OptiComm lists on ASX, promises faster internet connectivity to new residential estates

OptiComm ASX OPC IPO fast internet connectivity broadband fibre
OptiComm commenced trading on the ASX today via an initial public offering after raising $42.3 million.

Australian broadband network builder OptiComm (ASX: OPC) has enjoyed a share price surge of more than 50% in the few hours since making its ASX debut today.

The listing comes after the Melbourne-based company raised $42.3 million from an initial public offering of 21.18 million shares at $2.00 each, promising to provide faster internet services to new residential estates.

Launched in July and underwritten by Morgans Corporate Limited, the IPO proposed the issue of 7,040,000 new OptiComm shares for gross cash proceeds of $14.08 million.

Proceeds were boosted by a $28.27 million sell-down of shares by existing shareholders to total $42.3 million.

Funds raised through the IPO will give OptiComm access to capital markets for “additional financial flexibility” to enable the pursuit of future growth opportunities.

Consumer appetite

Chairman Allan Brackin said the exercise would help maintain OptiComm’s profile as one of the largest privately-owned, builder-owner-operators of fibre-to-the-premises (FTTP) networks to some of the country’s newest residential developments.

“Our business is driven by the ever-increasing consumer appetite for internet connectivity which requires fast and reliable bandwidth services within residential, commercial and retail market segments,” he said.

“We understand network connectivity and the revolutionary impact a fully-connected ‘smart’ world can offer, and we are focused on ensuring all of our communities – specifically those in new estates – have access to a reliable, fixed-line fibre broadband service.”

Fibre-based network

OptiComm works with developers to design and install fibre-based network infrastructure in new broadacre (or single dwelling) estates, lifestyle villages and multi-dwelling unit blocks in compliance with Australian National Broadband Network regulations.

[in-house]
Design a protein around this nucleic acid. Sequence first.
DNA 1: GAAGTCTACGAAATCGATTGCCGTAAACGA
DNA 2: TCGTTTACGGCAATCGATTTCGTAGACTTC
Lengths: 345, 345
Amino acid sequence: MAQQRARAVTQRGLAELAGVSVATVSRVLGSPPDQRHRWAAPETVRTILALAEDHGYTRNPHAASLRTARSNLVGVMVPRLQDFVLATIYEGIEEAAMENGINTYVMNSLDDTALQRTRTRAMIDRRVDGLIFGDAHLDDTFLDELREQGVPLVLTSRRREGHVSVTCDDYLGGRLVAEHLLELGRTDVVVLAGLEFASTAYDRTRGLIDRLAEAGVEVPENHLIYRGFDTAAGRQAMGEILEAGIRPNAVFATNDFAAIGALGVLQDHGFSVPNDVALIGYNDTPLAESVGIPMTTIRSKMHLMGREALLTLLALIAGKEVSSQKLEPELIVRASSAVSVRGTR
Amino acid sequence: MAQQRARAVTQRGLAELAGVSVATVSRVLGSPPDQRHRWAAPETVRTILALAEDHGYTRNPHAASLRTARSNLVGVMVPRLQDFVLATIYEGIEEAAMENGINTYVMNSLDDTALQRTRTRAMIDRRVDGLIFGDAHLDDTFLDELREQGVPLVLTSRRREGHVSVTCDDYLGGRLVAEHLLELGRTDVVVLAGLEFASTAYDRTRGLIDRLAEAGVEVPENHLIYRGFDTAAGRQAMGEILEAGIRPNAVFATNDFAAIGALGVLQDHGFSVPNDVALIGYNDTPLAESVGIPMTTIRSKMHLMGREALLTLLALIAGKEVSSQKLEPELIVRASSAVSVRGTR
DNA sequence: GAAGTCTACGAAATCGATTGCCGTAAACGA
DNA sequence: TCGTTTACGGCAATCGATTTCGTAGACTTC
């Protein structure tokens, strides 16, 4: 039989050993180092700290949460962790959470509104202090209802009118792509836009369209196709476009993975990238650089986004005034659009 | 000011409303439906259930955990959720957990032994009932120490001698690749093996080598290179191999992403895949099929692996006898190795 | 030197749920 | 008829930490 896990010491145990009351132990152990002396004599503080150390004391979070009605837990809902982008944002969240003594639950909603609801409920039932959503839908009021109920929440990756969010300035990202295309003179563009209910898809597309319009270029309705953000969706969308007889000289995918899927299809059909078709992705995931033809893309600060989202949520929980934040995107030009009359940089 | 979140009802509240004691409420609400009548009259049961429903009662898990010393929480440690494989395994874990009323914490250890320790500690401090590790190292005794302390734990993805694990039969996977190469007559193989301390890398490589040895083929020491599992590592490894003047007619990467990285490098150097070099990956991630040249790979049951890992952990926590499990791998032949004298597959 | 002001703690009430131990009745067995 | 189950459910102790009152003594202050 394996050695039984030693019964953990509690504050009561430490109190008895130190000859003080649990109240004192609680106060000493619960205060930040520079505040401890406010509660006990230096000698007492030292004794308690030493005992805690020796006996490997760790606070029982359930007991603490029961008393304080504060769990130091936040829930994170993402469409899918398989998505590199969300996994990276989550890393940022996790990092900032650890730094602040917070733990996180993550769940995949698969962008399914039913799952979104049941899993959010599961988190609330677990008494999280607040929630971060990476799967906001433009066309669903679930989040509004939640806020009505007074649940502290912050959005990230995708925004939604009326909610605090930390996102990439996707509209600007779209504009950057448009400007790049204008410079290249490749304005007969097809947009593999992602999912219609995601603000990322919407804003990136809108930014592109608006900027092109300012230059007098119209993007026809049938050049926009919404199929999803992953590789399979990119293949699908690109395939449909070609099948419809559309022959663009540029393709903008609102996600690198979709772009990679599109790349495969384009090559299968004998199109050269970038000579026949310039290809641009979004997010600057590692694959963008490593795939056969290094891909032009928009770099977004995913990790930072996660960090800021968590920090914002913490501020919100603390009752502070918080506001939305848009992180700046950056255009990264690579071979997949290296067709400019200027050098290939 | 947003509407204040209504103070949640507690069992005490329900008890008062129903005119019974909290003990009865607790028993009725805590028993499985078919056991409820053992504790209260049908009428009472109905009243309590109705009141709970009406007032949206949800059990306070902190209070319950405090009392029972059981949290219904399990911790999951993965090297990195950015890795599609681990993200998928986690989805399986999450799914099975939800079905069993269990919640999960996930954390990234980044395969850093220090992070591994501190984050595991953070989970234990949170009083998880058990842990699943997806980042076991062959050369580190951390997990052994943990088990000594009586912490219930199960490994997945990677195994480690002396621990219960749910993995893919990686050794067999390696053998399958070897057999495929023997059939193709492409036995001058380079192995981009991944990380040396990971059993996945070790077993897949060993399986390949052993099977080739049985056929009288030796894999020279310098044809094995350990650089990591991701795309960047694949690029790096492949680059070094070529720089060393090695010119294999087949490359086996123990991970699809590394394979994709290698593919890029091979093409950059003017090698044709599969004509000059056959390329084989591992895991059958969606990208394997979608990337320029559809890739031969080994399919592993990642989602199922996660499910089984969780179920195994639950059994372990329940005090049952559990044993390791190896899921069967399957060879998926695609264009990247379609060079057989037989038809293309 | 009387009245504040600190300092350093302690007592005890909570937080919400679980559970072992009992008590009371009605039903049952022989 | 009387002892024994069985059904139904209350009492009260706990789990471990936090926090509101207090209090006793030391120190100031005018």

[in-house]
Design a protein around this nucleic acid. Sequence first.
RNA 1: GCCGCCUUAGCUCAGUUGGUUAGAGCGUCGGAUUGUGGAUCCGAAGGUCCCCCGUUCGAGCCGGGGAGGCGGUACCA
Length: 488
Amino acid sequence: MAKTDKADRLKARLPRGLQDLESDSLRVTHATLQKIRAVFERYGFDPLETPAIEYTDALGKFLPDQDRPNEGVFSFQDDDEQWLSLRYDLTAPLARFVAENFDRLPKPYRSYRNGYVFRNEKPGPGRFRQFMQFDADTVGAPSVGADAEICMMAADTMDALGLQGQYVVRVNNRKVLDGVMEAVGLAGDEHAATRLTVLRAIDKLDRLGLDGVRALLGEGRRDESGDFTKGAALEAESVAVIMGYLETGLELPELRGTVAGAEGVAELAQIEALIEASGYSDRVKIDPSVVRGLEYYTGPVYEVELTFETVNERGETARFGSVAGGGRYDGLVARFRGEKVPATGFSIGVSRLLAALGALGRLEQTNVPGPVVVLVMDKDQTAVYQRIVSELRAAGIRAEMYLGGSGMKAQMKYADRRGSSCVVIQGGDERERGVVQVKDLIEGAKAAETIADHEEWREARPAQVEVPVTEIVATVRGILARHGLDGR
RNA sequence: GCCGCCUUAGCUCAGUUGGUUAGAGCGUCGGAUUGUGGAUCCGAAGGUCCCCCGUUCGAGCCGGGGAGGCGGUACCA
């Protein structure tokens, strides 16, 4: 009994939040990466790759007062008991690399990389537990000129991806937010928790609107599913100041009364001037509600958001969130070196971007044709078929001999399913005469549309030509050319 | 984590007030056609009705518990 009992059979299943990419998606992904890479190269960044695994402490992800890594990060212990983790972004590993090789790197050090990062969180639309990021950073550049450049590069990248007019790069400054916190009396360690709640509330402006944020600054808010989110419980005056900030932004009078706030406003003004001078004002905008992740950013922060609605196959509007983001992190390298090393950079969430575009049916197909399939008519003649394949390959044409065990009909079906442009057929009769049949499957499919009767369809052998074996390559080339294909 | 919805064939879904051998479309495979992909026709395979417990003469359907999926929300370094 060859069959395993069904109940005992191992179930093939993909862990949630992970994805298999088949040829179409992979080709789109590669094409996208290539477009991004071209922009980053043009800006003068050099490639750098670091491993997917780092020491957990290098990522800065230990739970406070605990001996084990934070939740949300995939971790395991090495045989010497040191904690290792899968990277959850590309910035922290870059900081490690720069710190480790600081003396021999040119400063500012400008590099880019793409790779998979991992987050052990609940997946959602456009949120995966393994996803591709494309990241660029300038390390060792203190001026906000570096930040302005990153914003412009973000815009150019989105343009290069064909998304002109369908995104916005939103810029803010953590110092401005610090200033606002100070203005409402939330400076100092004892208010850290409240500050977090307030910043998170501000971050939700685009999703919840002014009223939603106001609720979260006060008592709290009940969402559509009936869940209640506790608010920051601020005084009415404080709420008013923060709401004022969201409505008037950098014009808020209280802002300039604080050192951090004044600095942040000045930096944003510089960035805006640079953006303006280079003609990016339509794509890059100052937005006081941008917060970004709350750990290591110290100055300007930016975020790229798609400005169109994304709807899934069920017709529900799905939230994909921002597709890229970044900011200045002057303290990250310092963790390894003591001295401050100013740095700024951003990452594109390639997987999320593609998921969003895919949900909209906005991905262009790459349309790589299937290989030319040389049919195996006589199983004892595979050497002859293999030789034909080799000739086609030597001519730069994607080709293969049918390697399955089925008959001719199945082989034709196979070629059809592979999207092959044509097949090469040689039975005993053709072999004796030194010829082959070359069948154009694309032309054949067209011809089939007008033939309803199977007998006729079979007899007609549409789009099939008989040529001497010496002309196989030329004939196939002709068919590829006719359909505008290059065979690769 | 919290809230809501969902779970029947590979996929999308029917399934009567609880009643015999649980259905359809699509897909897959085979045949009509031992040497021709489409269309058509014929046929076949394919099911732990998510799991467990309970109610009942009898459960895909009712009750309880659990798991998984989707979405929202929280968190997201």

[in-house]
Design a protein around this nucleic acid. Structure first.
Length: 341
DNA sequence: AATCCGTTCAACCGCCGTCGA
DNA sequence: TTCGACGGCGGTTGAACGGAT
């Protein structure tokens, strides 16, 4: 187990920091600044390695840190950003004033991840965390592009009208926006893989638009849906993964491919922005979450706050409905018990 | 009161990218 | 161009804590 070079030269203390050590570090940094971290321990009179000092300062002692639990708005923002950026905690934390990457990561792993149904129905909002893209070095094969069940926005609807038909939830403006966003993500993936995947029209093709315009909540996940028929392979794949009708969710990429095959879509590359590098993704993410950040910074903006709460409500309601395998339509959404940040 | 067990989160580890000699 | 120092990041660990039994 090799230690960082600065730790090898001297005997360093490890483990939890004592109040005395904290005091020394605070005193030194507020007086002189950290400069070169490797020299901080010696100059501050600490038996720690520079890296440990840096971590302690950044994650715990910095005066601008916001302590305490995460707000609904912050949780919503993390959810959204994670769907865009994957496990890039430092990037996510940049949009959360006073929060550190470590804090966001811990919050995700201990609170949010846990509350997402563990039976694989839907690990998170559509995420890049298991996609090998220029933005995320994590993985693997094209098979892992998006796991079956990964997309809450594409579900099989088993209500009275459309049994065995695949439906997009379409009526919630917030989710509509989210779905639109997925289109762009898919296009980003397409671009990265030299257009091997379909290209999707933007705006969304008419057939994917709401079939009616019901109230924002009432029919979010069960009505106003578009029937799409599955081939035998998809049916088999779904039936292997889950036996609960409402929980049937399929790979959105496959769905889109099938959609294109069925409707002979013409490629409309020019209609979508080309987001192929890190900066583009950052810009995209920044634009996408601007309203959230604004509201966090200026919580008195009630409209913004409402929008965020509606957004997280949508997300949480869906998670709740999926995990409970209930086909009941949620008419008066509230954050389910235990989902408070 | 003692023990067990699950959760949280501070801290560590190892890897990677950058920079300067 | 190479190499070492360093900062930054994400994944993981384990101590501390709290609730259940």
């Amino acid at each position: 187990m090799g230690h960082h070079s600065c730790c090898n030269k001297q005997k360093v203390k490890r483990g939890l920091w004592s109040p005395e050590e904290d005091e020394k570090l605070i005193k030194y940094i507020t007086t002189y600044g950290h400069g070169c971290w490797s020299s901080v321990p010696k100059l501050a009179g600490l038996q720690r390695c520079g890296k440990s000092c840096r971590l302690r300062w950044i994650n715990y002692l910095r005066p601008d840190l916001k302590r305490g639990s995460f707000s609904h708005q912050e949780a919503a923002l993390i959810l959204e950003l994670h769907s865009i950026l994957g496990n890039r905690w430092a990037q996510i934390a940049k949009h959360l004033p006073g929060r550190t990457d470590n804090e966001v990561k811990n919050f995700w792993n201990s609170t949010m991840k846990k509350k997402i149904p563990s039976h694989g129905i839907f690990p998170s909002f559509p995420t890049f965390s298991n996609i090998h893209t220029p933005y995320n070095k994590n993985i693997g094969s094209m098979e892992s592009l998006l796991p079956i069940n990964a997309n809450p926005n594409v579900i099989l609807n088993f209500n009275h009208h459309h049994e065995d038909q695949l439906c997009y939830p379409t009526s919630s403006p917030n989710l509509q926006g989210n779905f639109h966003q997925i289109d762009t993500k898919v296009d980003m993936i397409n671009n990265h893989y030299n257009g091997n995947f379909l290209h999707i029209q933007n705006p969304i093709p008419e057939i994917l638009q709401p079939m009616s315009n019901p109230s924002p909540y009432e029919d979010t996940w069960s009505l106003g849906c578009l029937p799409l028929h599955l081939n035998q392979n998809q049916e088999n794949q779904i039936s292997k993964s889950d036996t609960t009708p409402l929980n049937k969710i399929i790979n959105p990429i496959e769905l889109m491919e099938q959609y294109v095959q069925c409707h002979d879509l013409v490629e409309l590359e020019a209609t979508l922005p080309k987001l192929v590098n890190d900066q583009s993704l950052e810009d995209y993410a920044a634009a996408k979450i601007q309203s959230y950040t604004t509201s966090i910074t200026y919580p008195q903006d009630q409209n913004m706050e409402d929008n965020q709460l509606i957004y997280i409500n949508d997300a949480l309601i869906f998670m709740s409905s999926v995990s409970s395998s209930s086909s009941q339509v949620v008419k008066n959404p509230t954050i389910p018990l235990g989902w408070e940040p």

At the end of June, the company had installed fibre network infrastructure to over 106,000 lots in 245 estates and buildings across the country.

Over 76,000 dwellings built on these lots are now connected to OptiComm, and over 60,000 receive active internet, telephone and other telecommunications services via third-party retailers who pay a monthly recurring wholesale fee for access to the network.

Organic growth

OptiComm has estimated it will install fibre network infrastructure to approximately 18,000 lots in the next financial year.

It also has a contracted pipeline of over 100,000 lots for delivery between now and 2029.

“[We expect our] organic growth to continue, supported by growing consumer demand for high-speed internet connectivity and ongoing demand for fixed-line fibre telecommunications infrastructure,” Mr Brackin said.

He said the company generates its growth from recurring payments from third-party retailers, construction revenue received from property developers for the delivery of network infrastructure, and one-off fees from first-time connections.

While 2019 full year results are yet to be released, the company’s recurring network revenue has been forecast to exceed network construction revenue and become OptiComm’s single largest revenue stream.

Usage patterns

Australian Bureau of Statistics research shows consumer data usage has increased dramatically over the past few years, with average monthly consumption of fixed broadband data per fixed-line subscriber up by over 60% in the two years from June 2016 and June 2018.

This number is expected to grow in line with increased and ongoing usage of video streaming and cloud services by consumers and businesses alike.

Internet traffic is also expected to boom as the ‘Internet of Things’ and the number of internet-connected devices used on a daily basis grows rapidly across the board.

Imelda Cotton has over 20 years experience as a journalist and communications professional. She has spent the bulk of her career in the resources sector, having also worked directly with oil and gas majors and as a journalist covering a vast array of ASX listed companies within the resources, energy, science and health sectors.